Gadgets for Humans

Sennheiser’s short film shows the power of binaural audio

Final Stop Sennheiser

In a world where everyone wears headphones, it’s curious that binaural audio is so rare. The technology can create a 3D soundscape more realistic than the best home theater set-up, and yet hardly any music or movies take advantage of it.

In the last couple of years, that’s finally started to change.

Positional audio is more prominent thanks to the advent of VR. Where recording in binaural once required complicated setups and expensive gear, products like Sennheiser’s powerful Ambeo Smart Headset make it more accessible than ever.

Don’t make my word for it though. Sennheiser partnered with director Roxanne Benjamin to create Final Stop, a short thriller film recorded with nothing but a smartphone and the Ambeo, shows off the artistic potential of the medium.

It’s 7 minutes long and is worth the watch, especially if you haven’t heard binaural before. Remember, you’ll need headphones – speakers won’t create the same effect. Don’t worry about needing fancy headphones though, the effect should be convincing even with a cheap pair of earbuds.

Let’s back up a bit. If you’re not familiar, binaural audio is a way of recording directional sound using microphones embedded in a dummy head’s ears – or an actual person’s – as in the case of the Ambeo. This is different from traditional stereo microphones in that allows sound to be modified as it travels through the head, so each ear picks up slightly different sound from the other.

When you listen to a binaural recording, your brain processes the differences in each ear – the same way it would for the real world around you – to create eerily accurate directional cues. The only problem is that binaural recordings often don’t sound great when played back through speakers, and can be harder to mix. But when done right, the effect is remarkable.

The $300 Ambeo headset launched last year as one of the most accessible ways of recording binaural audio to date. It’s currently exclusive to iOS devices as it uses Apple’s Lightning connector, but a Sennheiser representative tells me an Android version is still planned for 2019.

The Ambeo headset consists of a pair of audiophile-worthy earbuds with active noise cancelling, but also has a microphone in each bud for realistic positional audio. It’s certainly not the first pair of binaural earbuds, but it’s the most complete package I’ve seen.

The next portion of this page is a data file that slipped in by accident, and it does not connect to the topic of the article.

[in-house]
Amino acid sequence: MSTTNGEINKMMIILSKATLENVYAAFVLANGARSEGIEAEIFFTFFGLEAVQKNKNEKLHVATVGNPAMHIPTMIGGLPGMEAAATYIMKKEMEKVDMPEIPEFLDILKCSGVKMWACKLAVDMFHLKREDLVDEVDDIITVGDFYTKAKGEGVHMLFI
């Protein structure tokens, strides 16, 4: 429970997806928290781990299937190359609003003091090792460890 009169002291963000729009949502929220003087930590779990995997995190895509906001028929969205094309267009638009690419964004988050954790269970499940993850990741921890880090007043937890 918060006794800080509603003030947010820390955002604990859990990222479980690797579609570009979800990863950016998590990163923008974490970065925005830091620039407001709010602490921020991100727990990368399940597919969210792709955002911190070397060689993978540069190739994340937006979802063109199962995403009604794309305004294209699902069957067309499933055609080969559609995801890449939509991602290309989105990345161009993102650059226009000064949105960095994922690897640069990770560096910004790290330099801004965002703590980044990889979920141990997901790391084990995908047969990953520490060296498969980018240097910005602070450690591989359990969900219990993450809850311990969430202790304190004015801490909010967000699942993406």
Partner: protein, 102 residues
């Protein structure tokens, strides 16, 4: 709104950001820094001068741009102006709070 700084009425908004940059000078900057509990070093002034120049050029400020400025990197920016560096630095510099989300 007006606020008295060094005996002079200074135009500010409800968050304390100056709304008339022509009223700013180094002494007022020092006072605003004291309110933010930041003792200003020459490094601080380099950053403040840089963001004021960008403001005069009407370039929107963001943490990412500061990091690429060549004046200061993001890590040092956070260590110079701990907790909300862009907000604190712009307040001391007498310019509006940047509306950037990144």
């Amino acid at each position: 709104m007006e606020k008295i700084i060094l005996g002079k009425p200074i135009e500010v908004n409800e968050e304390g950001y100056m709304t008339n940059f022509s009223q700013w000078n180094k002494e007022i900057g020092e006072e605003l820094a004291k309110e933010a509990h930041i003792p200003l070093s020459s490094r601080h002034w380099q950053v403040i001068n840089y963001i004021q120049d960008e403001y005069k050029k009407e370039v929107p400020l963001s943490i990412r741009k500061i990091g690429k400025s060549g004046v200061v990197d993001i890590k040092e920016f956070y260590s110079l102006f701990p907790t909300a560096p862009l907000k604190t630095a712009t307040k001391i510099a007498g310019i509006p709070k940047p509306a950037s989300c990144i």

Make what you will of Final Stop for its storytelling – I enjoyed it, despite its marketing purposes – but I think it does a good job of showcasing how binaural audio can be used for creative effect.

In terms of positioning, binaural can outclass surround speakers by not just conveying sound around you (or above you, as with Atmos), but also a realistic feel for distance – something used to great effect in the Tony Award winning show The Encounter. It’s a shame Final Stop didn’t make use of this particular aspect of binaural more – it can be incredibly creepy – but check out this demo track to hear what I’ve mean. Consider yourself warned.

But while it provides a new set of creative opportunities, binaural comes with its own hurdles. For example, where do you want your acoustic perspective to come from? Do you adjust sound every time the video cuts to a new angle?

That’s an issue regular films theoretically deal with as well, but it’s exacerbated by the first-person realism of binaural. Where a regular movie tends to create more of a general soundscape that blends from scene to scene, binaural sounds more like actually being there, so rapidly shifting perspectives can sort of feel like jarring teleportation.

As with any emerging technology, that’s something for the creators to deal with. Though the Ambeo doesn’t create a binaural effect as convincing as, say, an $8000 Nuemann KU100, I think it’s pretty amazing what it can achieve for its price as an all-in-one, $300 package. Hopefully it’s just the start of what’s to come

Now if only Sennheiser could hurry up with that Android version…

Published September 17, 2018 — 20:34 UTC